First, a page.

The test seems to have here lain in the fact that, by singling out one of the commandments as the chiefest and most important, our Lord would seem to cast disrespect on the others—it being the general opinion, that all the commandments, even as traced out to their most remote and trivial issues, were of equal importance. But our Lord disposed of all this by giving a summary of the whole of the religious part of the law in a few words—“Thou shalt love the Lord with all thy soul.” This was the primary commandment; and that this, however undeniable, might not be construed into disrespect for the obligations of social law, He added—“And the second is like unto it; Thou shalt love thy neighbor as thyself. On these two commandments hang all the law and the prophets.” The lawyer (for such he was) was struck with admiration at this answer; and, with the sincerity of honest conviction, said as much—declaring that he believed obedience to these two laws to be “more than all burnt offerings and sacrifices.” On hearing this, the Pharisees were dismayed, and saw that they had lost their champion, while Jesus looked approvingly upon him, and said—“Thou art not far from the kingdom of God.” Let us hope that he reached it. To be “not far from the kingdom of God,” and yet not to enter therein, is one of the most unhappy dooms that can befall a man.

Before they had time to recover from this discomfiture, Jesus, in his turn, proposed a question to them. Whose son was the Messiah? The ready answer was, “The Son of David.” Then, said He, quoting one of the Messianic Psalms (Psa_110:1), “How doth David in the Spirit call Him Lord? If David then call Him Lord, how is He his son?” We can answer this, but they could not. They held down their heads in confusion; and from that day forward no one was hardy enough to ask Him any more questions.

Jesus then turned to the people, pronouncing a terrible denunciation of the Pharisees, and a keen exposure of their hypocritical pretences, concluding with the same lamentation over Jerusalem, stained with the blood of the prophets, which He had delivered on approaching Jericho, and declaring that all this blood would be required of the existing generation.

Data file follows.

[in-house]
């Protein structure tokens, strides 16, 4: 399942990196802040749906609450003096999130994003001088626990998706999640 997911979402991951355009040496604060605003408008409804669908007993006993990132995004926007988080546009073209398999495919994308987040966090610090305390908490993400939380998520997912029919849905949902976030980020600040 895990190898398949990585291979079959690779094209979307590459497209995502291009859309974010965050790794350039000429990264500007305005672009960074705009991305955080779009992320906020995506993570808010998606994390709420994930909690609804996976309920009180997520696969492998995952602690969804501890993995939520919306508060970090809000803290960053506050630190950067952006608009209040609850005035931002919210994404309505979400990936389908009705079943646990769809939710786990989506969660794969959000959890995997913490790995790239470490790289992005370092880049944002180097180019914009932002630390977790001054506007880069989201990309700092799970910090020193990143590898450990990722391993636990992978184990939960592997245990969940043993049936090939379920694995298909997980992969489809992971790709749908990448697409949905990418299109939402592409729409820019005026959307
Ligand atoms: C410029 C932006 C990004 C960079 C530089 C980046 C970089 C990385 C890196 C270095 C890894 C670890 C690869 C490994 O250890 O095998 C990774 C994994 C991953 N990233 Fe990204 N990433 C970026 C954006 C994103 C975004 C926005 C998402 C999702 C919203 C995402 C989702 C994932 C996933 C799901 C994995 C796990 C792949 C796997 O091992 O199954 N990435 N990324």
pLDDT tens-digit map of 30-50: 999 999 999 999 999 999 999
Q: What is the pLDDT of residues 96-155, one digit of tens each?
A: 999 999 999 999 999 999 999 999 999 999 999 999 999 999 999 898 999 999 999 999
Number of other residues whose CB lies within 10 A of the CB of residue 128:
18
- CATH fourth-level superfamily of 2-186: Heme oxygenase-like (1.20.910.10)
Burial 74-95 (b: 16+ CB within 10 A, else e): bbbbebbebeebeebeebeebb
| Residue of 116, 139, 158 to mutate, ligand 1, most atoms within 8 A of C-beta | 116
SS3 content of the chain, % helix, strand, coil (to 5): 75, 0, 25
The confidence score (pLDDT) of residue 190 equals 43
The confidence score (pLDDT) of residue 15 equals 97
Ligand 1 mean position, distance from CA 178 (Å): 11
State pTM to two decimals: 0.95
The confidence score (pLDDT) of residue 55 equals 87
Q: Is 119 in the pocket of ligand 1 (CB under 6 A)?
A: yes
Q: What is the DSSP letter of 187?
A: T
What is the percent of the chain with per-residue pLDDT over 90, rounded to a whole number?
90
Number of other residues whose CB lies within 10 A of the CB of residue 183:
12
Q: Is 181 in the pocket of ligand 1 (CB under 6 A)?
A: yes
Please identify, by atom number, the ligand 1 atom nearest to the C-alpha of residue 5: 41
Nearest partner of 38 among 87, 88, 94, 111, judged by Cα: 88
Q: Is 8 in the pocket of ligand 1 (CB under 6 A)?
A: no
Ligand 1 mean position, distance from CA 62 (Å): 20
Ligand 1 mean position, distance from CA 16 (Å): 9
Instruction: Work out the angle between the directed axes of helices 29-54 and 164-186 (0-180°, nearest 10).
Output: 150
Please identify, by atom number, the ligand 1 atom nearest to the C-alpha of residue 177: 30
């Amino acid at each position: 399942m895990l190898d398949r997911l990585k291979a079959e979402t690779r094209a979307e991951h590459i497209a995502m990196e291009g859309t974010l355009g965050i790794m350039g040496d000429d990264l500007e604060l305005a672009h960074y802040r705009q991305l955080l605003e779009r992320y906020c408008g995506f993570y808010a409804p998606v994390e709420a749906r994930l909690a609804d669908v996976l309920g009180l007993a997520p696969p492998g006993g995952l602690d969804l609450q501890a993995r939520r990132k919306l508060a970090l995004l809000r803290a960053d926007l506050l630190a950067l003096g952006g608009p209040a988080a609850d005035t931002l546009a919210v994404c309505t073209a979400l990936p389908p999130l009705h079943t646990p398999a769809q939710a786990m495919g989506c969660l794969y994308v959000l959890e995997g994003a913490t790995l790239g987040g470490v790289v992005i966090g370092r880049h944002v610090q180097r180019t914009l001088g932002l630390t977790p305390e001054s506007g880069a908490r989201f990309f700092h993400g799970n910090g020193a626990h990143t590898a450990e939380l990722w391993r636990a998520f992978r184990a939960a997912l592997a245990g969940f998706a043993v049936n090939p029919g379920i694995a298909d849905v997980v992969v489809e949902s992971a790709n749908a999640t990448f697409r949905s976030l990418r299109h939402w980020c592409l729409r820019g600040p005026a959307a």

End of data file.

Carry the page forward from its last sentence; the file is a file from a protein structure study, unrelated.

This and other declarations of the day must have had some effect in disabusing the crowd as to his intention of setting up a temporal Messianic kingdom, and of making Jerusalem once more the glory of the earth, and lady of the kingdoms. They had waited from day to day; and it had now become clear that He did not contemplate any such demonstration as they expected, and were ready to uphold. Many still wavered—many were still willing to adhere to Him on any terms; but, taking the people in the mass, it is here we would place the commencement of that re-action of the public enthusiasm, which was soon to be attended with the most awful results.

There was a pause here: and Jesus being seated “over against the treasury,” which we formerly had occasion to mention, noticed the rich men ostentatiously casting in their liberal offerings, when presently a poor widow approached, and dropped in “two mites, which make a farthing,” or rather somewhat less; and He failed not to call attention to this circumstance, declaring that this gift of the poor woman was really greater, more acceptable to God, than those of the others—for they had only given some portion of their superabundance, whereas she offered all she had—even all her living. It was thus that our Lord was ever ready to seize any passing circumstance, which might be made instrumental to the instruction of his followers.